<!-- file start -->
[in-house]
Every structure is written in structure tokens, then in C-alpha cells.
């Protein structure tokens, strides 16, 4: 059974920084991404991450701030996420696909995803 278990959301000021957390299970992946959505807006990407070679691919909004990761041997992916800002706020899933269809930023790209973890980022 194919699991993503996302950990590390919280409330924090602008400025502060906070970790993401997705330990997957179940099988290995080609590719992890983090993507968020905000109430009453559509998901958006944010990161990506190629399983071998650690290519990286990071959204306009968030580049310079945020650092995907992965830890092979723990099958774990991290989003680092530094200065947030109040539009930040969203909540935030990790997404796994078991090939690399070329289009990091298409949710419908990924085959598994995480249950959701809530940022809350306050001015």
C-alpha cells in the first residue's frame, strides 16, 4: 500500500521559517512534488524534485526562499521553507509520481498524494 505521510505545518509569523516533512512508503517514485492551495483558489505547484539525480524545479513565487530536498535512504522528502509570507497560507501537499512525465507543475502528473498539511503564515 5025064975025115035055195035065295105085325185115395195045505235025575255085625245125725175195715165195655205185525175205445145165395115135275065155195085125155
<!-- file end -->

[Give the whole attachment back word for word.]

[in-house]
Every structure is written in structure tokens, then in C-alpha cells.
């Protein structure tokens, strides 16, 4: 059974920084991404991450701030996420696909995803 278990959301000021957390299970992946959505807006990407070679691919909004990761041997992916800002706020899933269809930023790209973890980022 194919699991993503996302950990590390919280409330924090602008400025502060906070970790993401997705330990997957179940099988290995080609590719992890983090993507968020905000109430009453559509998901958006944010990161990506190629399983071998650690290519990286990071959204306009968030580049310079945020650092995907992965830890092979723990099958774990991290989003680092530094200065947030109040539009930040969203909540935030990790997404796994078991090939690399070329289009990091298409949710419908990924085959598994995480249950959701809530940022809350306050001015």
C-alpha cells in the first residue's frame, strides 16, 4: 500500500521559517512534488524534485526562499521553507509520481498524494 505521510505545518509569523516533512512508503517514485492551495483558489505547484539525480524545479513565487530536498535512504522528502509570507497560507501537499512525465507543475502528473498539511503564515 5025064975025115035055195035065295105085325185115395195045505235025575255085625245125725175195715165195655205185525175205445145165395115135275065155195085125155